What is Boris Johnson up to? Commentators, experts and the EU27 puzzle over the shambolic, gung-ho Johnson drive to No Deal, wondering if he means it and, if so or indeed if not, then what comes next.

But it’s clear what Johnson is up to – he’s up to staying in power for as long as possible. This may involve an election very soon, so his right-wing, populist government needs to up its poll ratings and fast (one more Brecon by-election and they’re in real trouble).

It’s also clear what the current strategy is: lie about No Deal, don’t talk about what his preferred Brexit deal would look like, and do make a cascade of unlikely campaign-trail promises about spending, albeit billions of it on No Deal preparations.

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The Johnson & co line tells us that: the UK will leave the EU on October 31 come hell or high water (we may get both); the UK Government will not accept the backstop in any form, not even amended; and this is all the EU’s fault because EU leaders will not accept changes to the Withdrawal Agreement and backstop, only to the political declaration on the future relationship.

And Johnson won’t enter talks or meet Merkel or Macron or others until the EU abandons its backstop deal with May, almost two years in the making. Despite this bluster, Johnson’s Brexit adviser did venture to Brussels this week to set out this line and to get the EU’s anticipated rebuff.

The fundamental dishonesty here, by this populist UK Government, is Johnson’s claim he will not allow a hard Irish border. But this is the so-called Brexit trilemma: you can’t have an open Irish border, an integrated UK market, and leave the EU’s customs union and single market. You can have a hard Irish border and a free trade deal with the EU – with hard borders at all other UK-EU borders too. Or you can have a border down the Irish Sea, leaving Northern Ireland in the EU’s customs union and single market, the rest of the UK outside it. Or the whole UK can stay in the customs union and single market (creating a major democratic deficit but resolving the Irish border problem).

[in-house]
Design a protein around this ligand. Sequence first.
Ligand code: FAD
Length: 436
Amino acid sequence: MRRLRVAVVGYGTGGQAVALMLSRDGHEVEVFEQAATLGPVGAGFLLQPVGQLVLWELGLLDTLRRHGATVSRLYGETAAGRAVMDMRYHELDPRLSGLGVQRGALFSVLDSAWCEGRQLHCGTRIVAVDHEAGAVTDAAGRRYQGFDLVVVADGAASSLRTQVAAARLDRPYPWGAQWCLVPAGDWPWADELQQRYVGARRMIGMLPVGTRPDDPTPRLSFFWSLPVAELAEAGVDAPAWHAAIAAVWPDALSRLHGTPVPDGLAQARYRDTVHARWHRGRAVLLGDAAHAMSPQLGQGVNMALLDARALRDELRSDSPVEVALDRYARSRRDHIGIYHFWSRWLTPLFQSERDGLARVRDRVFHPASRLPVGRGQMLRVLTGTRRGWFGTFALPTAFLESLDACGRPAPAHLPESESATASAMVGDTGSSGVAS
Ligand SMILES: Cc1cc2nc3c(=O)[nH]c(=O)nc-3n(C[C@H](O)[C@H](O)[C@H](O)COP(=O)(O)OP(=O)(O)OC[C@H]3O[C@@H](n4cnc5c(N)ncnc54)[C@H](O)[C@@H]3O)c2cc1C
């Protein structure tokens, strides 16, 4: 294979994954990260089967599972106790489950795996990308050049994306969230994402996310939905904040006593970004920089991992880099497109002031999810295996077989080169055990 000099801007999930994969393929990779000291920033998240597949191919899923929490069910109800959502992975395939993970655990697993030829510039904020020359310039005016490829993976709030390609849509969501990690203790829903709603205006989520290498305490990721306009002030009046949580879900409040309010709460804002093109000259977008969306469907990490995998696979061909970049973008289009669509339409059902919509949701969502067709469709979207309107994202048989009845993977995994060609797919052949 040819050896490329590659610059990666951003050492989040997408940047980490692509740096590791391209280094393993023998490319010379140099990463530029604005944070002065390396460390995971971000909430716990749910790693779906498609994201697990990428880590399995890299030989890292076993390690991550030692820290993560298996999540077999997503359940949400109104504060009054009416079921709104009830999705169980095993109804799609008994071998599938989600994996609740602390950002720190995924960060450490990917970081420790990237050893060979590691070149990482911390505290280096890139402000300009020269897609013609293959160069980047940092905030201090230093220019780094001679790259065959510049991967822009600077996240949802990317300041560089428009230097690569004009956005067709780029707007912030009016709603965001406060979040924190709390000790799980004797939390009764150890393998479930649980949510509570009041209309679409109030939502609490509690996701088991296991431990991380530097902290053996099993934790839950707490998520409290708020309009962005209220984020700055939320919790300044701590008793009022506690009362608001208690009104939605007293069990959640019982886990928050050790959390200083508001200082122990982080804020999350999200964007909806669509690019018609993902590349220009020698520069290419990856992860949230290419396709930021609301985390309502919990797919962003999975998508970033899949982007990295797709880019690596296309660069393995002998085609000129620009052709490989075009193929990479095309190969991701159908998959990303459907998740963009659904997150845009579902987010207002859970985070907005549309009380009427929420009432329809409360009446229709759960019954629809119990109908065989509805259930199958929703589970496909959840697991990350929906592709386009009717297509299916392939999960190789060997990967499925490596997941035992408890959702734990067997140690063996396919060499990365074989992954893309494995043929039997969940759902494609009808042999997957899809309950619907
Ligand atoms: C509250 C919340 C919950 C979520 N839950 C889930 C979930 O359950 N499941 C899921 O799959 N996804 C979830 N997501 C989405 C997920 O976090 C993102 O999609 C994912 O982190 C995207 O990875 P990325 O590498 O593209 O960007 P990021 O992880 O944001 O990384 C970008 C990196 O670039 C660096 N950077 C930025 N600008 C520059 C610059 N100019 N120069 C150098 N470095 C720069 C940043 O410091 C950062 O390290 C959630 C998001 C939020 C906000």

This explains why Boris Johnson is saying little about his preferred Brexit model, refusing discussions with Merkel, Macron, Tusk or Juncker. A future UK-EU free trade deal would either mean a hard Irish border or an Irish Sea border. The ‘alternative arrangements’ unicorns are just that – imaginary. So rather than have EU leaders, opposition politicians (not necessarily Labour), experts and all point this out, Johnson simply blusters that the border will be kept open, somehow resolved in future talks.

This is deeply dishonest politics: tell the voters there’s a feasible Brexit deal out there when it’s an impossible, imaginary one (about as real as the Boris-built cardboard box buses), and blame the EU for not being open to this fictitious deal. Then either impose a chaotic, damaging No Deal on the UK (with serious damage to Ireland as well as other EU states) or look to Westminster to block it, then race for an election claiming No Deal is the EU’s fault but Johnson’s pretend deal is real.